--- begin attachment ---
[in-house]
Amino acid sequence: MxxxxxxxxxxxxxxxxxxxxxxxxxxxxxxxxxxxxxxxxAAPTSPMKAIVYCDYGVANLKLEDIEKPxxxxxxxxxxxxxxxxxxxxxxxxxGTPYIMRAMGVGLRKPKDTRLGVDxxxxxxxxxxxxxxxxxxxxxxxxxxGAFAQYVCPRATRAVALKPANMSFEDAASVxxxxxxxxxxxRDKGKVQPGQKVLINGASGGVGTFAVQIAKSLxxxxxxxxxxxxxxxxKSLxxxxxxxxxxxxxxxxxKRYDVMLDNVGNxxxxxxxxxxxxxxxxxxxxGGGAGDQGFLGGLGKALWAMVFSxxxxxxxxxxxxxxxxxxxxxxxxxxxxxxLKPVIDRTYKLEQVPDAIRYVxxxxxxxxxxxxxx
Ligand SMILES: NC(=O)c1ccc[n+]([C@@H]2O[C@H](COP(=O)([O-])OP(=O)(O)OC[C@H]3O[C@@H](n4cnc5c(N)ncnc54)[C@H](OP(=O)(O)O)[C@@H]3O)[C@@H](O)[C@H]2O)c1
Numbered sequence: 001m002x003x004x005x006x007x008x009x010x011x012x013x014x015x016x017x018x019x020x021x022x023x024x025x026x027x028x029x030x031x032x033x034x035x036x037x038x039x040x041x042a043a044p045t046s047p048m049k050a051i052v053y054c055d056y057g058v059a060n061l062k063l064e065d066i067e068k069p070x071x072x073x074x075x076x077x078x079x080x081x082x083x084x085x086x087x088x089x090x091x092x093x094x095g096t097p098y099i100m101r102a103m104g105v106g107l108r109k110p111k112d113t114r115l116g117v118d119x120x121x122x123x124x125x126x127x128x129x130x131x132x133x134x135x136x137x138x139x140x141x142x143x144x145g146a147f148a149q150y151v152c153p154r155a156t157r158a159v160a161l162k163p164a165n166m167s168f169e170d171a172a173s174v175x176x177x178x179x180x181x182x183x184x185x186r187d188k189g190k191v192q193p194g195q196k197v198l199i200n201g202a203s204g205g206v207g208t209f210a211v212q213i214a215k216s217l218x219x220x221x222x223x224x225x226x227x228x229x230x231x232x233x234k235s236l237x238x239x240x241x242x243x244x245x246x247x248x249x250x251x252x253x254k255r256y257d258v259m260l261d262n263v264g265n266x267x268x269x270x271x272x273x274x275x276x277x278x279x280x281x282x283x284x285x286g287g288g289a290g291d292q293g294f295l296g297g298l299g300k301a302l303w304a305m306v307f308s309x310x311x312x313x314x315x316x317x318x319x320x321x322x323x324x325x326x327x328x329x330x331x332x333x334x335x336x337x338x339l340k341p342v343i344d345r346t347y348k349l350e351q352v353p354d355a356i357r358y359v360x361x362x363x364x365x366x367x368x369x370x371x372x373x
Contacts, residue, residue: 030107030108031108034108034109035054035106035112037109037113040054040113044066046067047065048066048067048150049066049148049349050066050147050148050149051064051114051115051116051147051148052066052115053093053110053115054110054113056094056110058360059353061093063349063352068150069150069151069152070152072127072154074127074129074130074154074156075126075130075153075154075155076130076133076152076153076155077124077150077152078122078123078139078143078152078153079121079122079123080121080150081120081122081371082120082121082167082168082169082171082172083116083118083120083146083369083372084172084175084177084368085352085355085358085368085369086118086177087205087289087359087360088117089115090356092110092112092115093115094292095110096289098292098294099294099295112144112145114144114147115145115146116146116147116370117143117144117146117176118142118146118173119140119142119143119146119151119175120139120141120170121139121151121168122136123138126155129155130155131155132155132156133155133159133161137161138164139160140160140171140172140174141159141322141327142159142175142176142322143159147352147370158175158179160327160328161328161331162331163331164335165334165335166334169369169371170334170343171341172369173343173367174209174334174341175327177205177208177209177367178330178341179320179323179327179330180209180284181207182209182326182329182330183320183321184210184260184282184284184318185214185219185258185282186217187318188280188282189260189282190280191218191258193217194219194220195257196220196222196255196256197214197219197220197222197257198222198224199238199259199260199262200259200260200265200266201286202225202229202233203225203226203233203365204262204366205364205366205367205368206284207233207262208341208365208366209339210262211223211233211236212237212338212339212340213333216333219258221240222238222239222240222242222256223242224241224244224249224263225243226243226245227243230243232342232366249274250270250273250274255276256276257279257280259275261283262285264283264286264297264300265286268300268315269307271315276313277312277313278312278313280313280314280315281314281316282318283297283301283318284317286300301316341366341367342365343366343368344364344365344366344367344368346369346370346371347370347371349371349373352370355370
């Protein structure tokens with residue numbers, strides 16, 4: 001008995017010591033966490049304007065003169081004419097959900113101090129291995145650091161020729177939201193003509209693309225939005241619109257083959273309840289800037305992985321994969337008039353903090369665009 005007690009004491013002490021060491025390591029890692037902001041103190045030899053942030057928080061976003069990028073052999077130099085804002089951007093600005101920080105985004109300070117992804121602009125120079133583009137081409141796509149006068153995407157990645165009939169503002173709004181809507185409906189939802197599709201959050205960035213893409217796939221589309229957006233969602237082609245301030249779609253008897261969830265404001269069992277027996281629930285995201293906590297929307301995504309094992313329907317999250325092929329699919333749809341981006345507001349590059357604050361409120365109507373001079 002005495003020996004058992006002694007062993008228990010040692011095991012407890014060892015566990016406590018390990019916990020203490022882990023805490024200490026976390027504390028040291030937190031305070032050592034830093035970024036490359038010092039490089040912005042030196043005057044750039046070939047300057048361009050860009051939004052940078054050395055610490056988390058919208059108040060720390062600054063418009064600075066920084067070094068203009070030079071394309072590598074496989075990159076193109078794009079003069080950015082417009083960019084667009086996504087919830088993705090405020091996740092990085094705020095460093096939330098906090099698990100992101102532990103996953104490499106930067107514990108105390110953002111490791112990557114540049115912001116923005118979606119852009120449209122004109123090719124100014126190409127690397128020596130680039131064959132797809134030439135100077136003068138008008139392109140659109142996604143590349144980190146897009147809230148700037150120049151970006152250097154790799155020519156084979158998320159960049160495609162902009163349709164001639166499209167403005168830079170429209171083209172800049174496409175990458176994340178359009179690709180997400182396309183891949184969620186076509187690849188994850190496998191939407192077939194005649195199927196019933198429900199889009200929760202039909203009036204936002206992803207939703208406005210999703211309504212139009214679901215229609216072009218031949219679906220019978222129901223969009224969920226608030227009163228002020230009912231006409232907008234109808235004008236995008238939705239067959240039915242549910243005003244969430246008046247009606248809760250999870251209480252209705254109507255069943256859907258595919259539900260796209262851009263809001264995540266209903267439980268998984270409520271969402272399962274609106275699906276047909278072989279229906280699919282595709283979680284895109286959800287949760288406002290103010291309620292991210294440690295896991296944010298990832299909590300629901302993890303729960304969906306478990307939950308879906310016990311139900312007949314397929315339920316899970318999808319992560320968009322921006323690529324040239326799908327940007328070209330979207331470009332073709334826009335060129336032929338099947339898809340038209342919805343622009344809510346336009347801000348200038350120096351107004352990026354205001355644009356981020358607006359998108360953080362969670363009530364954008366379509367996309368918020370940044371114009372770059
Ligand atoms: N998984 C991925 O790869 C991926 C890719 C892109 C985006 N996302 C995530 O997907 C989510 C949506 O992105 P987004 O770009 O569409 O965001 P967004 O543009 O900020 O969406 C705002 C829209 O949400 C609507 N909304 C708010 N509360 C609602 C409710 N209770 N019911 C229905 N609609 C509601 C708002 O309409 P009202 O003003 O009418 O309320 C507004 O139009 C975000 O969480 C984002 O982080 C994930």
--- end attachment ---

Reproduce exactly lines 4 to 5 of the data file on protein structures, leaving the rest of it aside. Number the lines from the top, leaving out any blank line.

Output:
Numbered sequence: 001m002x003x004x005x006x007x008x009x010x011x012x013x014x015x016x017x018x019x020x021x022x023x024x025x026x027x028x029x030x031x032x033x034x035x036x037x038x039x040x041x042a043a044p045t046s047p048m049k050a051i052v053y054c055d056y057g058v059a060n061l062k063l064e065d066i067e068k069p070x071x072x073x074x075x076x077x078x079x080x081x082x083x084x085x086x087x088x089x090x091x092x093x094x095g096t097p098y099i100m101r102a103m104g105v106g107l108r109k110p111k112d113t114r115l116g117v118d119x120x121x122x123x124x125x126x127x128x129x130x131x132x133x134x135x136x137x138x139x140x141x142x143x144x145g146a147f148a149q150y151v152c153p154r155a156t157r158a159v160a161l162k163p164a165n166m167s168f169e170d171a172a173s174v175x176x177x178x179x180x181x182x183x184x185x186r187d188k189g190k191v192q193p194g195q196k197v198l199i200n201g202a203s204g205g206v207g208t209f210a211v212q213i214a215k216s217l218x219x220x221x222x223x224x225x226x227x228x229x230x231x232x233x234k235s236l237x238x239x240x241x242x243x244x245x246x247x248x249x250x251x252x253x254k255r256y257d258v259m260l261d262n263v264g265n266x267x268x269x270x271x272x273x274x275x276x277x278x279x280x281x282x283x284x285x286g287g288g289a290g291d292q293g294f295l296g297g298l299g300k301a302l303w304a305m306v307f308s309x310x311x312x313x314x315x316x317x318x319x320x321x322x323x324x325x326x327x328x329x330x331x332x333x334x335x336x337x338x339l340k341p342v343i344d345r346t347y348k349l350e351q352v353p354d355a356i357r358y359v360x361x362x363x364x365x366x367x368x369x370x371x372x373x
Contacts, residue, residue: 030107030108031108034108034109035054035106035112037109037113040054040113044066046067047065048066048067048150049066049148049349050066050147050148050149051064051114051115051116051147051148052066052115053093053110053115054110054113056094056110058360059353061093063349063352068150069150069151069152070152072127072154074127074129074130074154074156075126075130075153075154075155076130076133076152076153076155077124077150077152078122078123078139078143078152078153079121079122079123080121080150081120081122081371082120082121082167082168082169082171082172083116083118083120083146083369083372084172084175084177084368085352085355085358085368085369086118086177087205087289087359087360088117089115090356092110092112092115093115094292095110096289098292098294099294099295112144112145114144114147115145115146116146116147116370117143117144117146117176118142118146118173119140119142119143119146119151119175120139120141120170121139121151121168122136123138126155129155130155131155132155132156133155133159133161137161138164139160140160140171140172140174141159141322141327142159142175142176142322143159147352147370158175158179160327160328161328161331162331163331164335165334165335166334169369169371170334170343171341172369173343173367174209174334174341175327177205177208177209177367178330178341179320179323179327179330180209180284181207182209182326182329182330183320183321184210184260184282184284184318185214185219185258185282186217187318188280188282189260189282190280191218191258193217194219194220195257196220196222196255196256197214197219197220197222197257198222198224199238199259199260199262200259200260200265200266201286202225202229202233203225203226203233203365204262204366205364205366205367205368206284207233207262208341208365208366209339210262211223211233211236212237212338212339212340213333216333219258221240222238222239222240222242222256223242224241224244224249224263225243226243226245227243230243232342232366249274250270250273250274255276256276257279257280259275261283262285264283264286264297264300265286268300268315269307271315276313277312277313278312278313280313280314280315281314281316282318283297283301283318284317286300301316341366341367342365343366343368344364344365344366344367344368346369346370346371347370347371349371349373352370355370